Soon, God’s people turn on him and demand a king “like all the nations”  (1 Samuel 8:7). Though displeased, God allows them to have a king. Ideally, God would still be the ultimate sovereign. But in short order, we see faithlessness invade the throne, and God’s people begin a slow descent into wickedness. At the beginning of the reign of the fourth king, a schism divides the people into two distinct nations.

In the historical background, mighty nations have arisen and would soon enslave Israel. The larger of the two was captured by Assyria and the smaller, by Babylon. Seventy years after its capture,  the smaller kingdom is allowed to re-establish themselves in Jerusalem. Although frequently overrun by more powerful nations, Israel continues until the absolute destruction of Jerusalem in 70 AD. At that moment, and probably earlier, the governments of the world were fully secular.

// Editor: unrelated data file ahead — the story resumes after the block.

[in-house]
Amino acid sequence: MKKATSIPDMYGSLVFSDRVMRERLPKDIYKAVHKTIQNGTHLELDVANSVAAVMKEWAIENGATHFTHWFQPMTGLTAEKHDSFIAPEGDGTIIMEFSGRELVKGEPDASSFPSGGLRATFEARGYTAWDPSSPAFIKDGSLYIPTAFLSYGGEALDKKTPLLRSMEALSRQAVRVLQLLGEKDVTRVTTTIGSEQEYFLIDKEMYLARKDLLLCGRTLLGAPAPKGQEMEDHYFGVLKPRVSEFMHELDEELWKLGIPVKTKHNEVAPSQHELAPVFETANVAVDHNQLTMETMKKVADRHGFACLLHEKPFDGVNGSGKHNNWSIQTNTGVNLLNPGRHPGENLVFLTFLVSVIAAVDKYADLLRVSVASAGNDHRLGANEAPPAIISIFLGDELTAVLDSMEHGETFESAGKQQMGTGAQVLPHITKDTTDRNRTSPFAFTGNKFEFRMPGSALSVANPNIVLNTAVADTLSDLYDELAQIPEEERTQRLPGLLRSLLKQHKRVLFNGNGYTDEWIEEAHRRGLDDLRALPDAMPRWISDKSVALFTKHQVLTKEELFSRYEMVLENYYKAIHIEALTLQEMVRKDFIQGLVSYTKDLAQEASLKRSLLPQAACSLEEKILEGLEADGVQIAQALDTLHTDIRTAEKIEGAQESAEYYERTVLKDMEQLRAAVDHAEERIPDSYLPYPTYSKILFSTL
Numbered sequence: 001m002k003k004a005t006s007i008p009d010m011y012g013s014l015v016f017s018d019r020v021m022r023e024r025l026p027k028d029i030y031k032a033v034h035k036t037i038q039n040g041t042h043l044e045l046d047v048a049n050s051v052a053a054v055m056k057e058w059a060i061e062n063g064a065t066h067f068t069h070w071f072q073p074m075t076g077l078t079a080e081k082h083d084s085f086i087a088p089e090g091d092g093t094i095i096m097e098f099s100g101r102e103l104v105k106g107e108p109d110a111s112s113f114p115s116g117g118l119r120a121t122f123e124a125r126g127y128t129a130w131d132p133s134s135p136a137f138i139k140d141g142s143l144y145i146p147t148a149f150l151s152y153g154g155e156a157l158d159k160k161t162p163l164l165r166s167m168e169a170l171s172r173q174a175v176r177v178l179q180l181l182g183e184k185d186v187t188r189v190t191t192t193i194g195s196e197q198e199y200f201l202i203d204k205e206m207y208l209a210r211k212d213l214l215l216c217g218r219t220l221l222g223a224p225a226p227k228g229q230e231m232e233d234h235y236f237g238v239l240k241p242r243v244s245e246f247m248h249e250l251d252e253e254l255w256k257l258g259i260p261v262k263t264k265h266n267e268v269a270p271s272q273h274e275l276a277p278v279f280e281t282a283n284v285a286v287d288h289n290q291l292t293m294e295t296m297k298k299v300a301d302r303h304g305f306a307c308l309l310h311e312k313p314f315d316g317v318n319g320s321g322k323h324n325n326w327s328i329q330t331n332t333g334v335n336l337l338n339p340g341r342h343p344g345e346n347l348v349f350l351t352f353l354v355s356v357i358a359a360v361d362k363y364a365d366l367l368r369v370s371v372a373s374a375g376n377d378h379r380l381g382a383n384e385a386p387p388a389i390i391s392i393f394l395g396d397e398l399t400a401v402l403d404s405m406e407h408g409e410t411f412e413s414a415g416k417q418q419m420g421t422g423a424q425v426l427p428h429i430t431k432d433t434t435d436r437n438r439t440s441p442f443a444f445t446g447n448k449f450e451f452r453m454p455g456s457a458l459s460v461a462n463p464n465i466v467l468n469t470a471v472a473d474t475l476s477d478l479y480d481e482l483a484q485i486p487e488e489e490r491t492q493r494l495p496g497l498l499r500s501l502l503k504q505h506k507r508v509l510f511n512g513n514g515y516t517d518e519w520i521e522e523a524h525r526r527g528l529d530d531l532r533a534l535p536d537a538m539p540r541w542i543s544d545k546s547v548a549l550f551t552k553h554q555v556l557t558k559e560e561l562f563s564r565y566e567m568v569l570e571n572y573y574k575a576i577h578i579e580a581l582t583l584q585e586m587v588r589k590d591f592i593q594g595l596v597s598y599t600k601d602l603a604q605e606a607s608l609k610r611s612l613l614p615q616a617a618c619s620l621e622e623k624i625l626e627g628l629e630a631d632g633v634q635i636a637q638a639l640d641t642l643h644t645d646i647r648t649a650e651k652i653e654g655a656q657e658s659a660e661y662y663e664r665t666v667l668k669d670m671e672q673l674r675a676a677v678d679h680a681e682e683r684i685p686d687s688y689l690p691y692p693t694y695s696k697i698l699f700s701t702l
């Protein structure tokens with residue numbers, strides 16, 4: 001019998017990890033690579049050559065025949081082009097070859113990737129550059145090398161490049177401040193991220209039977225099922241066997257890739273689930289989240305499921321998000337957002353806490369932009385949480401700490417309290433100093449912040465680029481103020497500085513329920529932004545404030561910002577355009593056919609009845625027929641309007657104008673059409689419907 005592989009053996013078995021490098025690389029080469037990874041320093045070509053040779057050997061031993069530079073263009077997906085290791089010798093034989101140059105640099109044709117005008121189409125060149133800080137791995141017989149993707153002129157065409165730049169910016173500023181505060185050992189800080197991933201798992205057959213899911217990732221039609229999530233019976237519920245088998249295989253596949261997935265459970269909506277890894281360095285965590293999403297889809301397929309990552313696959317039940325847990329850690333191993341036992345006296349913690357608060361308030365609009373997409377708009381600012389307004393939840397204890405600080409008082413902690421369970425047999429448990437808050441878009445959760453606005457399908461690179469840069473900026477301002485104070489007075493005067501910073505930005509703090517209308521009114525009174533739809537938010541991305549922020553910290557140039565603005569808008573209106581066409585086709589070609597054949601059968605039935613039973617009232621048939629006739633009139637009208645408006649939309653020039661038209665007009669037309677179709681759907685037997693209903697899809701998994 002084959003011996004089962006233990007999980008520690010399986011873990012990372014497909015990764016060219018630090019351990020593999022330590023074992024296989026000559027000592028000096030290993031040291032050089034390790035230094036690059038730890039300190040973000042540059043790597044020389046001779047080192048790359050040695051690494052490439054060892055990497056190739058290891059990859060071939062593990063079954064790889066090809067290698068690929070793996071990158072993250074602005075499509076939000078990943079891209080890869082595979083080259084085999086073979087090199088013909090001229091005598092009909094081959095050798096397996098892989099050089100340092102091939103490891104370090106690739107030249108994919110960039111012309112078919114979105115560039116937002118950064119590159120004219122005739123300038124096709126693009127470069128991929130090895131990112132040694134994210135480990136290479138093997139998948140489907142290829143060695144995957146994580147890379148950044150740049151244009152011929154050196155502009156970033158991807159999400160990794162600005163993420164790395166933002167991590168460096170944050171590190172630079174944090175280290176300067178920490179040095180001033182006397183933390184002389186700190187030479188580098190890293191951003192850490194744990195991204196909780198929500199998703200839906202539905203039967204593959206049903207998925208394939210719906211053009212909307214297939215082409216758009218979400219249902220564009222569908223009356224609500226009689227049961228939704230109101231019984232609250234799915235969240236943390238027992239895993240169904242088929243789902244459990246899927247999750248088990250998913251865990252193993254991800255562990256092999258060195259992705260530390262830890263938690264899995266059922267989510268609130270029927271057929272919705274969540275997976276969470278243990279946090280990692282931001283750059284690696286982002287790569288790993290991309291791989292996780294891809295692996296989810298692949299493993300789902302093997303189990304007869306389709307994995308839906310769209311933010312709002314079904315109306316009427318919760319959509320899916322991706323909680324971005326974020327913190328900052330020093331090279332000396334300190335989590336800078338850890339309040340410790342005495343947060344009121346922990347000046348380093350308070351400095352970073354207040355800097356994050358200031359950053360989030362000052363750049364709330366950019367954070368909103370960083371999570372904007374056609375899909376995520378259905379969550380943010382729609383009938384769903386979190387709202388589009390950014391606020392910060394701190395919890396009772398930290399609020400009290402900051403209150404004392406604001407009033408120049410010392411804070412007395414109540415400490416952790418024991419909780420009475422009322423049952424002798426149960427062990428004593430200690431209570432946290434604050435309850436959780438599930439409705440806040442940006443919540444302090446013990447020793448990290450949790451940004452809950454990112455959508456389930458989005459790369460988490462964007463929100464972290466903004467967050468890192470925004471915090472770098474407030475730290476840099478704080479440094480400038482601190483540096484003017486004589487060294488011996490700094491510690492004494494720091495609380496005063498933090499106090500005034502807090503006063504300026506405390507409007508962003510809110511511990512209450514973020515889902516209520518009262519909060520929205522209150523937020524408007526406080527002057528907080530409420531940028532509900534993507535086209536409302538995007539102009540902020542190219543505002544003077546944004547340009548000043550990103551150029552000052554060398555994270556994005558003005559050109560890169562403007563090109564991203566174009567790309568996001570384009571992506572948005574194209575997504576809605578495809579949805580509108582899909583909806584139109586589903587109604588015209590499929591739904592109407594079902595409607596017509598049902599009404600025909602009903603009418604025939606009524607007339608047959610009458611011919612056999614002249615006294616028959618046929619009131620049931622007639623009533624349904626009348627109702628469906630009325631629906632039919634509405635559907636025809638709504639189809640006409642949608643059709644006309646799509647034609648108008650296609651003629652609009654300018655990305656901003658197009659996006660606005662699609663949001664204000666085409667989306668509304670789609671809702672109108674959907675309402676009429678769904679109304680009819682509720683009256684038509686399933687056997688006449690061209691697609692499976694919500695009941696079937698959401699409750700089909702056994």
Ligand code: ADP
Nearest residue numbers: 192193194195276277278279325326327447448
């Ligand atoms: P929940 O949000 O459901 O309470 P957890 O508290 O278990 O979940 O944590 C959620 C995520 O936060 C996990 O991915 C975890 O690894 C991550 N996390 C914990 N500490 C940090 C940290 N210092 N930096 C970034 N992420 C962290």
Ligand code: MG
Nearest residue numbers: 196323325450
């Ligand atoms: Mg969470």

Rome morphed into the so-called Holy Roman Empire, but it was as corrupt and wicked as anything seen before. Its governance was always rooted in humanity and never found itself anchored in the authority of God. The very existence of that Empire was an affront to Christianity.

Our point is that no human government is on par with God’s kingdom. Some are better than others, but in the end, all are inferior to “the kingdom of his beloved son” (Colossians 1:13). Therefore, we argue that any allegiance to our earthly government must be second to our citizenship in heaven. Any activity of a political or governmental nature must be viewed carefully through God’s eyes, not our own.